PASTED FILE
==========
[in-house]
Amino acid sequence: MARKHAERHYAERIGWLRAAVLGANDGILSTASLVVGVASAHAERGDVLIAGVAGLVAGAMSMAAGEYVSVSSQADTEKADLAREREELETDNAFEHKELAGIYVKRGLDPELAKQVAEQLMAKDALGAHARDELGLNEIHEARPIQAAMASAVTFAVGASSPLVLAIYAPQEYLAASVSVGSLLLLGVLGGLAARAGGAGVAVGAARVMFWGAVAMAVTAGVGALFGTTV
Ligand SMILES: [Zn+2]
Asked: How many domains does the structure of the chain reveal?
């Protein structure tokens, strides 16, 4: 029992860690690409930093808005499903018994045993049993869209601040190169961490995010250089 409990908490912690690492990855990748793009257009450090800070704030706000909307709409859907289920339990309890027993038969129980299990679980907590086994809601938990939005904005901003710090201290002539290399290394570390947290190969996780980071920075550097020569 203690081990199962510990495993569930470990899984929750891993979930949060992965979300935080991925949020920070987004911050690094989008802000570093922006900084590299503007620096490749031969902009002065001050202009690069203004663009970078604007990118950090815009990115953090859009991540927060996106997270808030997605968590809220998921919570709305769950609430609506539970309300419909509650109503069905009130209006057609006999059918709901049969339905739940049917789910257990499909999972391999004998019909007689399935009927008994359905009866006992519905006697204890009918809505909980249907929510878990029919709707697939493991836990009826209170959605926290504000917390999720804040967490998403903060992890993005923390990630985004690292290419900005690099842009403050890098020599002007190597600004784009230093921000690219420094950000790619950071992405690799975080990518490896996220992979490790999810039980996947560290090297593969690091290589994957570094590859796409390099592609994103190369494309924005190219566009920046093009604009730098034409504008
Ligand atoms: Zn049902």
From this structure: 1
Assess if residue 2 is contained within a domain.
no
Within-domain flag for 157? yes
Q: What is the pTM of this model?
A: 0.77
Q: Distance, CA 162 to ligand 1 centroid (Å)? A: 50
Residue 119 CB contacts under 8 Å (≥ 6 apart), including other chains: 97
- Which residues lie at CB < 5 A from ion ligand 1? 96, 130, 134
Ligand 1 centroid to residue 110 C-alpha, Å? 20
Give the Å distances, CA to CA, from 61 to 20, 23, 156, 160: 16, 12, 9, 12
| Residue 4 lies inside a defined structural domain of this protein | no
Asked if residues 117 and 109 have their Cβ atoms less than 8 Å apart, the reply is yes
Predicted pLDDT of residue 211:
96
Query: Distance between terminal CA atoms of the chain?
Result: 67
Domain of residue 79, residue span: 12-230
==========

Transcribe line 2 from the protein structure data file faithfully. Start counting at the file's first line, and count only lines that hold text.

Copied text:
Amino acid sequence: MARKHAERHYAERIGWLRAAVLGANDGILSTASLVVGVASAHAERGDVLIAGVAGLVAGAMSMAAGEYVSVSSQADTEKADLAREREELETDNAFEHKELAGIYVKRGLDPELAKQVAEQLMAKDALGAHARDELGLNEIHEARPIQAAMASAVTFAVGASSPLVLAIYAPQEYLAASVSVGSLLLLGVLGGLAARAGGAGVAVGAARVMFWGAVAMAVTAGVGALFGTTV